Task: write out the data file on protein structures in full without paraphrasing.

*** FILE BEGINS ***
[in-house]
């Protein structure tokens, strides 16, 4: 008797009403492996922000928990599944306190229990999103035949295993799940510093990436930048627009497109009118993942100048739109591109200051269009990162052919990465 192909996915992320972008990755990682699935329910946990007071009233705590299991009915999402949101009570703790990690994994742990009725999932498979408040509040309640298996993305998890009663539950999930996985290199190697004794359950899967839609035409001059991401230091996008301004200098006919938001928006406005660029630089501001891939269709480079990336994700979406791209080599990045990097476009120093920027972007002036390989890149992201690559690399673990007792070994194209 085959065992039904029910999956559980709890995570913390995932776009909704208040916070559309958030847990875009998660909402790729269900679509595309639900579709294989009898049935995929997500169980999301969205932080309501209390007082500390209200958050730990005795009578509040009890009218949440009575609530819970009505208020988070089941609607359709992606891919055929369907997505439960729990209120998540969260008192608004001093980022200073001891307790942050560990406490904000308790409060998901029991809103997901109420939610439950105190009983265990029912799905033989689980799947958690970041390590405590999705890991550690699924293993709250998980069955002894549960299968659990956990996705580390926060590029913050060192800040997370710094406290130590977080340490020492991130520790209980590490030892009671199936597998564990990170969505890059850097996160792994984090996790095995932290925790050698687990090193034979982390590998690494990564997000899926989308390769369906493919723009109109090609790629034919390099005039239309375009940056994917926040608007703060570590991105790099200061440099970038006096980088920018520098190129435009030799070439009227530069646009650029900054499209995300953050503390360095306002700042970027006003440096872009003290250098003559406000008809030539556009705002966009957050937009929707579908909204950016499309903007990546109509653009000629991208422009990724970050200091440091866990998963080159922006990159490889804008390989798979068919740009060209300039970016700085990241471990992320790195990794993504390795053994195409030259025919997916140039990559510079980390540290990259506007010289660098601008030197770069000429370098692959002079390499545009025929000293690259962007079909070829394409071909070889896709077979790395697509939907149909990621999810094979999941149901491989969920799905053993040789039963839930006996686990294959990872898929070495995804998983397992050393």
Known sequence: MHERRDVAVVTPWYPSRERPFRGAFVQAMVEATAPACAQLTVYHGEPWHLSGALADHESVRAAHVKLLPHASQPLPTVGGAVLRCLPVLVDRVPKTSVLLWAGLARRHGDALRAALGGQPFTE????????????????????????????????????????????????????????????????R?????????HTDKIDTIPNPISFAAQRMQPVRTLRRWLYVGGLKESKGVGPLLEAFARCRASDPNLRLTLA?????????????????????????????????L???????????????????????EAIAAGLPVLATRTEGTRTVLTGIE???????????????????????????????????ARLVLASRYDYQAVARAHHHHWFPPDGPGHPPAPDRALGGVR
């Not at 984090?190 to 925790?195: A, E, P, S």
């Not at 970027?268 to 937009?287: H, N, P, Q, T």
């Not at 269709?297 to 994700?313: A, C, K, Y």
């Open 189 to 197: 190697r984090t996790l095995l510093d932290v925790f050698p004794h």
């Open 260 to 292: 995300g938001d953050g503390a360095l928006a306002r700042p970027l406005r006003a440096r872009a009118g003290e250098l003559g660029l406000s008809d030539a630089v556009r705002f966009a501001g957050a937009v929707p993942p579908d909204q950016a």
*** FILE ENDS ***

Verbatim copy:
[in-house]
């Protein structure tokens, strides 16, 4: 008797009403492996922000928990599944306190229990999103035949295993799940510093990436930048627009497109009118993942100048739109591109200051269009990162052919990465 192909996915992320972008990755990682699935329910946990007071009233705590299991009915999402949101009570703790990690994994742990009725999932498979408040509040309640298996993305998890009663539950999930996985290199190697004794359950899967839609035409001059991401230091996008301004200098006919938001928006406005660029630089501001891939269709480079990336994700979406791209080599990045990097476009120093920027972007002036390989890149992201690559690399673990007792070994194209 085959065992039904029910999956559980709890995570913390995932776009909704208040916070559309958030847990875009998660909402790729269900679509595309639900579709294989009898049935995929997500169980999301969205932080309501209390007082500390209200958050730990005795009578509040009890009218949440009575609530819970009505208020988070089941609607359709992606891919055929369907997505439960729990209120998540969260008192608004001093980022200073001891307790942050560990406490904000308790409060998901029991809103997901109420939610439950105190009983265990029912799905033989689980799947958690970041390590405590999705890991550690699924293993709250998980069955002894549960299968659990956990996705580390926060590029913050060192800040997370710094406290130590977080340490020492991130520790209980590490030892009671199936597998564990990170969505890059850097996160792994984090996790095995932290925790050698687990090193034979982390590998690494990564997000899926989308390769369906493919723009109109090609790629034919390099005039239309375009940056994917926040608007703060570590991105790099200061440099970038006096980088920018520098190129435009030799070439009227530069646009650029900054499209995300953050503390360095306002700042970027006003440096872009003290250098003559406000008809030539556009705002966009957050937009929707579908909204950016499309903007990546109509653009000629991208422009990724970050200091440091866990998963080159922006990159490889804008390989798979068919740009060209300039970016700085990241471990992320790195990794993504390795053994195409030259025919997916140039990559510079980390540290990259506007010289660098601008030197770069000429370098692959002079390499545009025929000293690259962007079909070829394409071909070889896709077979790395697509939907149909990621999810094979999941149901491989969920799905053993040789039963839930006996686990294959990872898929070495995804998983397992050393």
Known sequence: MHERRDVAVVTPWYPSRERPFRGAFVQAMVEATAPACAQLTVYHGEPWHLSGALADHESVRAAHVKLLPHASQPLPTVGGAVLRCLPVLVDRVPKTSVLLWAGLARRHGDALRAALGGQPFTE????????????????????????????????????????????????????????????????R?????????HTDKIDTIPNPISFAAQRMQPVRTLRRWLYVGGLKESKGVGPLLEAFARCRASDPNLRLTLA?????????????????????????????????L???????????????????????EAIAAGLPVLATRTEGTRTVLTGIE???????????????????????????????????ARLVLASRYDYQAVARAHHHHWFPPDGPGHPPAPDRALGGVR
């Not at 984090?190 to 925790?195: A, E, P, S």
């Not at 970027?268 to 937009?287: H, N, P, Q, T």
């Not at 269709?297 to 994700?313: A, C, K, Y």
């Open 189 to 197: 190697r984090t996790l095995l510093d932290v925790f050698p004794h």
């Open 260 to 292: 995300g938001d953050g503390a360095l928006a306002r700042p970027l406005r006003a440096r872009a009118g003290e250098l003559g660029l406000s008809d030539a630089v556009r705002f966009a501001g957050a937009v929707p993942p579908d909204q950016a």